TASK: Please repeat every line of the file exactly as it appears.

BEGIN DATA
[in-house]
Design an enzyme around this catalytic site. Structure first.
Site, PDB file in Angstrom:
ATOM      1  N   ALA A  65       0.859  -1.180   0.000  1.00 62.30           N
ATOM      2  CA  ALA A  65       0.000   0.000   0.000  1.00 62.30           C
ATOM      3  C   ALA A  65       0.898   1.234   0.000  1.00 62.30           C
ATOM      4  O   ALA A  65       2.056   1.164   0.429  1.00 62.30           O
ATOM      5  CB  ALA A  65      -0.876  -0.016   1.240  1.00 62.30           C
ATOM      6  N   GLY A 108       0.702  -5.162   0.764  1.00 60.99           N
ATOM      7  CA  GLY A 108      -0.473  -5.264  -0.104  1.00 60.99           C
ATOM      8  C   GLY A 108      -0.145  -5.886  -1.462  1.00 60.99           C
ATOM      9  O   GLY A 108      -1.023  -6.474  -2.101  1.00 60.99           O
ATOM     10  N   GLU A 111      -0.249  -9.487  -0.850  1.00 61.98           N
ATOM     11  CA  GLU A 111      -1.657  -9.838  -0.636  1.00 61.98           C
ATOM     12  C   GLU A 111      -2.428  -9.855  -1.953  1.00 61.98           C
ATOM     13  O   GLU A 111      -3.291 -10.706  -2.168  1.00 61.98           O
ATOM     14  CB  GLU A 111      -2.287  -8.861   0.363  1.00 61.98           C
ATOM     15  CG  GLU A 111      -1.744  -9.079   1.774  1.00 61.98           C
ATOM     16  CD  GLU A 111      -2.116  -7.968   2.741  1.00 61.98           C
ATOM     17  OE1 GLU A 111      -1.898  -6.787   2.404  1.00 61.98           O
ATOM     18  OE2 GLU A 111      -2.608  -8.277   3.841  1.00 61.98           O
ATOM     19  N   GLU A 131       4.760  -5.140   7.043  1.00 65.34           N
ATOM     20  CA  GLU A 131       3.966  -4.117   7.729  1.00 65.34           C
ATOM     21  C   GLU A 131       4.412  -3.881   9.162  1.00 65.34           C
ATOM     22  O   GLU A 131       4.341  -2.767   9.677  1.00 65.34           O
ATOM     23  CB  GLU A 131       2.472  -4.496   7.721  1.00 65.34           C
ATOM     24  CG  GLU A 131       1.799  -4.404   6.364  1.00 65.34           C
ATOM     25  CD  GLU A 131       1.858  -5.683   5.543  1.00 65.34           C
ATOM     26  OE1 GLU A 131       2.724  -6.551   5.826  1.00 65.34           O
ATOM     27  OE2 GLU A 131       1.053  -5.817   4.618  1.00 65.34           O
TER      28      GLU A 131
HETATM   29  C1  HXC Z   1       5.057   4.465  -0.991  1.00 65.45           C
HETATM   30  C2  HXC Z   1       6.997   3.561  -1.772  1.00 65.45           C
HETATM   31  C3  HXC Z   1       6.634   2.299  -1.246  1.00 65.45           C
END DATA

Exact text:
[in-house]
Design an enzyme around this catalytic site. Structure first.
Site, PDB file in Angstrom:
ATOM      1  N   ALA A  65       0.859  -1.180   0.000  1.00 62.30           N
ATOM      2  CA  ALA A  65       0.000   0.000   0.000  1.00 62.30           C
ATOM      3  C   ALA A  65       0.898   1.234   0.000  1.00 62.30           C
ATOM      4  O   ALA A  65       2.056   1.164   0.429  1.00 62.30           O
ATOM      5  CB  ALA A  65      -0.876  -0.016   1.240  1.00 62.30           C
ATOM      6  N   GLY A 108       0.702  -5.162   0.764  1.00 60.99           N
ATOM      7  CA  GLY A 108      -0.473  -5.264  -0.104  1.00 60.99           C
ATOM      8  C   GLY A 108      -0.145  -5.886  -1.462  1.00 60.99           C
ATOM      9  O   GLY A 108      -1.023  -6.474  -2.101  1.00 60.99           O
ATOM     10  N   GLU A 111      -0.249  -9.487  -0.850  1.00 61.98           N
ATOM     11  CA  GLU A 111      -1.657  -9.838  -0.636  1.00 61.98           C
ATOM     12  C   GLU A 111      -2.428  -9.855  -1.953  1.00 61.98           C
ATOM     13  O   GLU A 111      -3.291 -10.706  -2.168  1.00 61.98           O
ATOM     14  CB  GLU A 111      -2.287  -8.861   0.363  1.00 61.98           C
ATOM     15  CG  GLU A 111      -1.744  -9.079   1.774  1.00 61.98           C
ATOM     16  CD  GLU A 111      -2.116  -7.968   2.741  1.00 61.98           C
ATOM     17  OE1 GLU A 111      -1.898  -6.787   2.404  1.00 61.98           O
ATOM     18  OE2 GLU A 111      -2.608  -8.277   3.841  1.00 61.98           O
ATOM     19  N   GLU A 131       4.760  -5.140   7.043  1.00 65.34           N
ATOM     20  CA  GLU A 131       3.966  -4.117   7.729  1.00 65.34           C
ATOM     21  C   GLU A 131       4.412  -3.881   9.162  1.00 65.34           C
ATOM     22  O   GLU A 131       4.341  -2.767   9.677  1.00 65.34           O
ATOM     23  CB  GLU A 131       2.472  -4.496   7.721  1.00 65.34           C
ATOM     24  CG  GLU A 131       1.799  -4.404   6.364  1.00 65.34           C
ATOM     25  CD  GLU A 131       1.858  -5.683   5.543  1.00 65.34           C
ATOM     26  OE1 GLU A 131       2.724  -6.551   5.826  1.00 65.34           O
ATOM     27  OE2 GLU A 131       1.053  -5.817   4.618  1.00 65.34           O
TER      28      GLU A 131
HETATM   29  C1  HXC Z   1       5.057   4.465  -0.991  1.00 65.45           C
HETATM   30  C2  HXC Z   1       6.997   3.561  -1.772  1.00 65.45           C
HETATM   31  C3  HXC Z   1       6.634   2.299  -1.246  1.00 65.45           C